“If future generations are to remember us with gratitude rather than contempt, we must leave them something more than the miracles of technology. We must leave them a glimpse of the world as it was in the beginning, not just after we got through with it.” – President Lyndon B, Johnson, on the signing of the Wilderness Act of 1964.

We weren’t sure how to tackle Joshua Tree National Park, as the weather at the end of October was still hot, hot, hot.

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We knew we could drive to the north end of the park and stay at a private park with hook ups or we could stay inside the park and hope for the best. We much prefer to camp inside the parks so we decided to pull into the south end, grab a site at the Cottonwood Spring Campground, and hope for the best.

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With no hook-ups available we made plans to get out early and be back by mid afternoon so that Skyler wouldn’t bake in the trailer. To our surprise the breeze kept the heat in check and with the doors open the trailer was quite bearable.

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Joshua Tree is comprised of two distinct desert environments – the Mojave and the Colorado deserts – and the changing landscape is obvious. We set out early and drove through the park to the North entrance and then headed west to the city of Joshua Tree where the Visitor Center is located. We then headed back into the park at the West Entrance.

Our first stop was in Hidden Valley where cattle rustlers used to hide their cattle. We took a one-mile easy hike through a massive boulder enclosure that is really out of place in this park. The boulders and walls create a rock climbers paradise.

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hidden valley

Hidden Valley

We also hiked an easy 1.1-mile loop at Barker Dam, which was built around 1900 to hold water for cattle. The dam is not used anymore but still contains water, which noticeably helps the bird population and keeps the vegetation lush if such a thing is possible in the desert.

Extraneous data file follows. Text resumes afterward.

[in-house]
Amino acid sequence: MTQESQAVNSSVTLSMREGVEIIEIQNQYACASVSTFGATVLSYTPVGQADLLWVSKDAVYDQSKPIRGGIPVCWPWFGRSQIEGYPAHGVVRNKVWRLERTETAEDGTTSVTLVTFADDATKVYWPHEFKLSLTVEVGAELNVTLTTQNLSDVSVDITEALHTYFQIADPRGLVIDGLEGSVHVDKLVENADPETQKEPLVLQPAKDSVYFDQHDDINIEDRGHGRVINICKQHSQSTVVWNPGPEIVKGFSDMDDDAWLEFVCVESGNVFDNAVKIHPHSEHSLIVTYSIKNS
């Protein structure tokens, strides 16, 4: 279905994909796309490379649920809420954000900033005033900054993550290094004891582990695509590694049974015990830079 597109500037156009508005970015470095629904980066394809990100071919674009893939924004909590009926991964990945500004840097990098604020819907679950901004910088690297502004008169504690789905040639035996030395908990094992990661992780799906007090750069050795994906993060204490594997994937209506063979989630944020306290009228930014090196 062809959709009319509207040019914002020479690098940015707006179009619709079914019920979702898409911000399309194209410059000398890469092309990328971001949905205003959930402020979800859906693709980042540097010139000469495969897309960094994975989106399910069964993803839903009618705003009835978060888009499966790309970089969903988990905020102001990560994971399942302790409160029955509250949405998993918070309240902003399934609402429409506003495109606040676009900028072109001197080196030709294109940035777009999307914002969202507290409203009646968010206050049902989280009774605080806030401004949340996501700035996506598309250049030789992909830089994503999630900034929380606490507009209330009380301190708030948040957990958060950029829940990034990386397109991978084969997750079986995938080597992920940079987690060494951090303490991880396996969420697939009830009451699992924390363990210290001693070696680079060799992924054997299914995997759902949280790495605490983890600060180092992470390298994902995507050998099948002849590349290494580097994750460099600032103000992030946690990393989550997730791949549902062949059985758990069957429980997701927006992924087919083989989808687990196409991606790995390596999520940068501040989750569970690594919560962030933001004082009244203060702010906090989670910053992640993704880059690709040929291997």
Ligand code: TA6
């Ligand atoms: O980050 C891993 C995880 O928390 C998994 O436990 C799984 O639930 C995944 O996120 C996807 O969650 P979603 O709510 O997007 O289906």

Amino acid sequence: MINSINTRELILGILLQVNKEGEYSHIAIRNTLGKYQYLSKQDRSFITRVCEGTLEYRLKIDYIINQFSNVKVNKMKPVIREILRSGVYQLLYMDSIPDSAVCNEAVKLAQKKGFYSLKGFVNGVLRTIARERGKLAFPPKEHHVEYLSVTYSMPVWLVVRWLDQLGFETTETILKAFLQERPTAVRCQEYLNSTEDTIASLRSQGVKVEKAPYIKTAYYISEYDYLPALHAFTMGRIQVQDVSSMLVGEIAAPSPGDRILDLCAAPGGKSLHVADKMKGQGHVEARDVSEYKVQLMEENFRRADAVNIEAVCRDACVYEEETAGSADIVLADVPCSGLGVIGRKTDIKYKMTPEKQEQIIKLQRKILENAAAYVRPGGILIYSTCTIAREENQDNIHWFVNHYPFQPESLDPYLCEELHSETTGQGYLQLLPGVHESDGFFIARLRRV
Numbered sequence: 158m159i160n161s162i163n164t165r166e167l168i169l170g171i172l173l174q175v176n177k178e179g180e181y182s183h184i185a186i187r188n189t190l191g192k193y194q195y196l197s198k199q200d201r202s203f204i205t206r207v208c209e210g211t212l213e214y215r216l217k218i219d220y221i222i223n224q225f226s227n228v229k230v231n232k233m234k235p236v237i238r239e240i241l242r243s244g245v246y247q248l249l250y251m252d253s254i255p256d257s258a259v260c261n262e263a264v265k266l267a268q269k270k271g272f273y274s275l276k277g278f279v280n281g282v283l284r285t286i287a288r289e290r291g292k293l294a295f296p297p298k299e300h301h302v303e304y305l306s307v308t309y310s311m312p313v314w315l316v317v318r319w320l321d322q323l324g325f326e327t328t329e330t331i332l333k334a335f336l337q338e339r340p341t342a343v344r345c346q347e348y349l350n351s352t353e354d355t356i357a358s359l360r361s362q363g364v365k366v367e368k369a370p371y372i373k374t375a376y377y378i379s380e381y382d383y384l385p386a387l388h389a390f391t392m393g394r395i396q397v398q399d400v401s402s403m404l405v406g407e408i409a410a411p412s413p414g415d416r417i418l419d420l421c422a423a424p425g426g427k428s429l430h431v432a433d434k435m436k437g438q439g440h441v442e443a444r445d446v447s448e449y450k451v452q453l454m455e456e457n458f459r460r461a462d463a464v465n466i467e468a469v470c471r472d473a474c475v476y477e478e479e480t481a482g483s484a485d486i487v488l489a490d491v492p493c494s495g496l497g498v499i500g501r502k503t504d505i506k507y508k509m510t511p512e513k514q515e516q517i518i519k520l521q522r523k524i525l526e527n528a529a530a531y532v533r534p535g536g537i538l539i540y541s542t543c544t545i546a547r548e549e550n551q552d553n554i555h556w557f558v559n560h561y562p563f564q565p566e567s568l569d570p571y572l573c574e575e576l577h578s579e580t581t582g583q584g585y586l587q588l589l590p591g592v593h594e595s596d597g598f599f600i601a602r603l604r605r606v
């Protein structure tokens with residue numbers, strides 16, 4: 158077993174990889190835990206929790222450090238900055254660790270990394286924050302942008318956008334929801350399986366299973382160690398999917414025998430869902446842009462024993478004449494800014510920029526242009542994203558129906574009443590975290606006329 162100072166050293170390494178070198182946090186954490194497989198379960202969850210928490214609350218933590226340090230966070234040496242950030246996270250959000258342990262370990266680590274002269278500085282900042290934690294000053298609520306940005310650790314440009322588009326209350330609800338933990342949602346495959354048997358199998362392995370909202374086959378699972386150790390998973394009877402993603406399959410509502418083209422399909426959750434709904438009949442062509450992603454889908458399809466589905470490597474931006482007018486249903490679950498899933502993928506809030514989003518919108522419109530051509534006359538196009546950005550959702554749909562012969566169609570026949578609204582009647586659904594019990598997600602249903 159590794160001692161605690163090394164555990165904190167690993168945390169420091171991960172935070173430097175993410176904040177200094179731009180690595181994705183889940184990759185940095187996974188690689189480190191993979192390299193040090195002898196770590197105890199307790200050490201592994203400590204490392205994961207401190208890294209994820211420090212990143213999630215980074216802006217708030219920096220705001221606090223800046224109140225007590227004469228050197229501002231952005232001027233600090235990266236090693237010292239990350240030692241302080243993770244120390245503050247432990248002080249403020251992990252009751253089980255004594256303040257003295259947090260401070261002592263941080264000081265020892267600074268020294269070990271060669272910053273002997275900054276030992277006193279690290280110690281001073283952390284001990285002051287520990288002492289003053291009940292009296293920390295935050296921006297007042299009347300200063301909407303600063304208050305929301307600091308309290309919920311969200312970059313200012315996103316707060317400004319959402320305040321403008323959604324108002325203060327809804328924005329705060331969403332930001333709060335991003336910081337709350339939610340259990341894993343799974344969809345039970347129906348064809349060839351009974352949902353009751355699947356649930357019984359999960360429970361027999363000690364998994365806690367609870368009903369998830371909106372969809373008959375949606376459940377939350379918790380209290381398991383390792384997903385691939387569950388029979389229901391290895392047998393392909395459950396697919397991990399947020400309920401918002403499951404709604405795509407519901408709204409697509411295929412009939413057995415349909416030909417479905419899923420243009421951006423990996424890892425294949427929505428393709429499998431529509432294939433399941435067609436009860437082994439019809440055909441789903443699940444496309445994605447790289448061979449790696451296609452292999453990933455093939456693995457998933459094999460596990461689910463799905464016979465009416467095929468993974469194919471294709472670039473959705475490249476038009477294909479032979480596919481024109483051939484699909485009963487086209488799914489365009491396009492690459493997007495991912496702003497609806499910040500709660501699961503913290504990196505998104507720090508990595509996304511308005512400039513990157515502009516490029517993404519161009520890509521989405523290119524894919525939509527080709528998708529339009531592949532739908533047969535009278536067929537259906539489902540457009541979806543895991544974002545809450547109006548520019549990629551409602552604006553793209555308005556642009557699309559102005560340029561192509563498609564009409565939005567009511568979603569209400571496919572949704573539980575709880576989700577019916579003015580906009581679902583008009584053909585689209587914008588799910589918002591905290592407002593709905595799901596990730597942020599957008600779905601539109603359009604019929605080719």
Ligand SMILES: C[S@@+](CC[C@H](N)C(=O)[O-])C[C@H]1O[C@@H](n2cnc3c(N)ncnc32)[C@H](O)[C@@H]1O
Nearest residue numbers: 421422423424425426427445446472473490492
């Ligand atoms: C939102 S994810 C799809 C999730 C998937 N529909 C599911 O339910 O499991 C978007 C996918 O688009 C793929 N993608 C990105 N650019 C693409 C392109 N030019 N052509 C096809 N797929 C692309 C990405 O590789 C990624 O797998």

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Barker

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On our way back to the car we noticed a few Bighorn Sheep on the cliffs above and one was perched posing for our picture taking pleasure.

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We moved on and took in the vistas at Keys View. The elevation is 5,185 feet and features desert, mountains and the valley.

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Then on to Cap Rock for a short stroll through some more massive boulders. One rock, in particular, balanced precariously on the top. The Cap?

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We drove farther into the park stopping at Jumbo Rocks and try as we might we could not get the right picture to relay the massiveness of this area. It’s a fun place to boulder.

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The entire northern end of the park is sprinkled with Joshua Trees, the largest of the yuccas, which grows only in the Mojave Desert.

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We jumped back on the Pinto Basin Road, which connects the north portion of the park with the south and stopped at the Cholla Cactus Garden. This part of the park is thick with Cholla Cacti and there is a trail through the area. Do not step off of the trail unless you feel like getting pricked! This is one of the most amazing sites that we have seen in the desert.

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We only spent a couple of days in Joshua Tree, as there are limited things to do unless you are backpacking or climbing. On a whim we decided to head out to the Lost Palms Oasis. The oasis is not more than a hundred yards walk from where you park and it is a gem in the desert lush with palm trees, assorted other trees, grasses and plants. The temperature was noticeably cooler as well under the shade of the trees. If you do visit, don’t miss it! Or, the night sky!.

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Oasis

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Next Up: Saguaro National Park